by Kristen Ku
BELIZE CITY, Thurs. Aug. 31, 2023
This week, various parts of Florida, Georgia, and the Carolinas in the United States are recovering after experiencing a devastating hurricane named Idalia that has swept across communities and left destruction behind.
Making landfall as a Category 4 hurricane, Idalia struck western Florida early Wednesday morning, unleashing heavy rains and wind gusts exceeding 120 miles per hour.
Residents awoke to scenes of devastation, with floodwaters in many areas reaching levels of 6.8 feet, submerging entire communities.
Weather authorities in the US reported that by the afternoon, the ferocious hurricane had traveled towards Georgia, leaving in its wake uprooted trees, damaged properties, and approximately 300,000 customers without power across the two states. Roads were transformed into rivers, and many homes found themselves without a roof, or worse, completely destroyed.
However, by Wednesday night, the hurricane had lost some of its initial intensity, downgrading to a tropical storm status.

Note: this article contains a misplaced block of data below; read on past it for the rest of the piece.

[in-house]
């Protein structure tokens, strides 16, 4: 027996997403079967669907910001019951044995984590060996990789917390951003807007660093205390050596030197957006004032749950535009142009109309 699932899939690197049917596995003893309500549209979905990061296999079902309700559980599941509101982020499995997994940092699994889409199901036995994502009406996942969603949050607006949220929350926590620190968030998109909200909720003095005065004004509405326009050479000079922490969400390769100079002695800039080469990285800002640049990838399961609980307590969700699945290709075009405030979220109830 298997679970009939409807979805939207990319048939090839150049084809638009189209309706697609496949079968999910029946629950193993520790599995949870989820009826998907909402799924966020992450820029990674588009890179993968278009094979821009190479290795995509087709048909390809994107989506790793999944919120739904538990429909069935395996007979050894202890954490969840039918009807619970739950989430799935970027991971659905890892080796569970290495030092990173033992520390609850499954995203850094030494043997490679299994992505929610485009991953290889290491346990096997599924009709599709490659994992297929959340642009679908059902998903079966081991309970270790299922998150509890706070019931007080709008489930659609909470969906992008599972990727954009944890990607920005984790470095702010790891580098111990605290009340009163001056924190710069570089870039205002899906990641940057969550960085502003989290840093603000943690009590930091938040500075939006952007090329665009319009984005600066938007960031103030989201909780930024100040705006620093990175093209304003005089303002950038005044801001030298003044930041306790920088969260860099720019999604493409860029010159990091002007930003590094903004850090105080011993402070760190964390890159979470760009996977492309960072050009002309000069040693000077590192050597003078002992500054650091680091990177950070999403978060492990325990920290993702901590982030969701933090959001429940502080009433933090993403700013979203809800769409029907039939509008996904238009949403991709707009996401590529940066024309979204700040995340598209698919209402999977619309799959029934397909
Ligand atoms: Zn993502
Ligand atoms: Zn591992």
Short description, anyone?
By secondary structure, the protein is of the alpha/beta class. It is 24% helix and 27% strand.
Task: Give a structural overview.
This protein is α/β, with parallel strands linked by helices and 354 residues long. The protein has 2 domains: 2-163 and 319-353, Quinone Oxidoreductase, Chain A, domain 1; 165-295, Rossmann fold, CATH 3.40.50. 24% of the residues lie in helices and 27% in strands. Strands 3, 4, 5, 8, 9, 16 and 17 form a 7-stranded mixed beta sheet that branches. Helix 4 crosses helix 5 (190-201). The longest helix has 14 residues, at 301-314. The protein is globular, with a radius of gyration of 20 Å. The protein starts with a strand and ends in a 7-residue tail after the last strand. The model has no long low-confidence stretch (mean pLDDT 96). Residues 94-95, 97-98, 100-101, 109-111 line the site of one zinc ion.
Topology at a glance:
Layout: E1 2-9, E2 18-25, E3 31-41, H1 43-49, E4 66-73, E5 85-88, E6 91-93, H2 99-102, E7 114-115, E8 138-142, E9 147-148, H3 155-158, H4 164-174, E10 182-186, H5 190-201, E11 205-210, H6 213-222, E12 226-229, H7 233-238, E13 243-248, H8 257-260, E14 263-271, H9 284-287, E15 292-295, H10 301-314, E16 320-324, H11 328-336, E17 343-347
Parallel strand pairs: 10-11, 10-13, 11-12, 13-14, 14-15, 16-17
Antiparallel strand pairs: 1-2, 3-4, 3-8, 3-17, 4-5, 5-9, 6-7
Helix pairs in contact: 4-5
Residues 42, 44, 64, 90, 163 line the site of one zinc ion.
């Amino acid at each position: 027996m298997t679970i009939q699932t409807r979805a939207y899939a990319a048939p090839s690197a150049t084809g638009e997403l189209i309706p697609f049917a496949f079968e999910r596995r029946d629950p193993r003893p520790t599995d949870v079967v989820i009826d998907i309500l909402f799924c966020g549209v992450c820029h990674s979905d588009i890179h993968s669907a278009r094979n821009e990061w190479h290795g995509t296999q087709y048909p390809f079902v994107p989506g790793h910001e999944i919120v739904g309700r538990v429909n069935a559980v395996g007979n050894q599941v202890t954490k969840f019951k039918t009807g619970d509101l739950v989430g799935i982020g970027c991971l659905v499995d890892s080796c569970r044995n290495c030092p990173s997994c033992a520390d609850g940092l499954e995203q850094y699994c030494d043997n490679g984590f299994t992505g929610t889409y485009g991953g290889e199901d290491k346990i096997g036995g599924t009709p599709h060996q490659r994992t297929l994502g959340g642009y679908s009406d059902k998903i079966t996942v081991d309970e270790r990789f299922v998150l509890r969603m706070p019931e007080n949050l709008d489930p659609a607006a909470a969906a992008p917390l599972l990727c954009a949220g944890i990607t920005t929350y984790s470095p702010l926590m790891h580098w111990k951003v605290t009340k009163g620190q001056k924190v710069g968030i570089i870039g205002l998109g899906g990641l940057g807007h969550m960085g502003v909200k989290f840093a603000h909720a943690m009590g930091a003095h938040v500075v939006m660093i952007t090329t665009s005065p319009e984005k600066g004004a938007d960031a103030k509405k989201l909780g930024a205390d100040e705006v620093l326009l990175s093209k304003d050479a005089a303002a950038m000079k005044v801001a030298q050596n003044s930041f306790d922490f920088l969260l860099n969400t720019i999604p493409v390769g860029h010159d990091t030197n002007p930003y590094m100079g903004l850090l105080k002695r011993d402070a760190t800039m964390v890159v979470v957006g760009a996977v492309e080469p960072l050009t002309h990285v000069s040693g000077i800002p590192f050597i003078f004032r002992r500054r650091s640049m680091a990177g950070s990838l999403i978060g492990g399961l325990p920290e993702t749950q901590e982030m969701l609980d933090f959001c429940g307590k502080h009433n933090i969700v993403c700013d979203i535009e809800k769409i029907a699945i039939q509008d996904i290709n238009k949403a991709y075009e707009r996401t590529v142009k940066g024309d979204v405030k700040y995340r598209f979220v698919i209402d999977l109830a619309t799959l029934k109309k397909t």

As it set its sights on North and South Carolina, authorities remained on high alert. CBS News relayed the National Hurricane Center’s warnings of “life-threatening flash flooding” anticipated for parts of eastern North Carolina by early Thursday. Additionally, forecasters projected rainfall amounts ranging between 2 to 4 inches, with isolated areas potentially receiving up to 6 inches, and the National Hurricane Center has flagged potential tornado threats for these areas, given Idalia’s sustained winds of 60 mph.
Tragically, the storm has not just left infrastructural damage. Reports have emerged of at least three fatalities due to traffic accidents, fallen trees, and related incidents. House fires ignited, buildings collapsed, and many roofs were ripped away, highlighting the storm’s force.
Idalia is expected to move eastward, making its way to the Atlantic by Thursday and gradually losing its strength.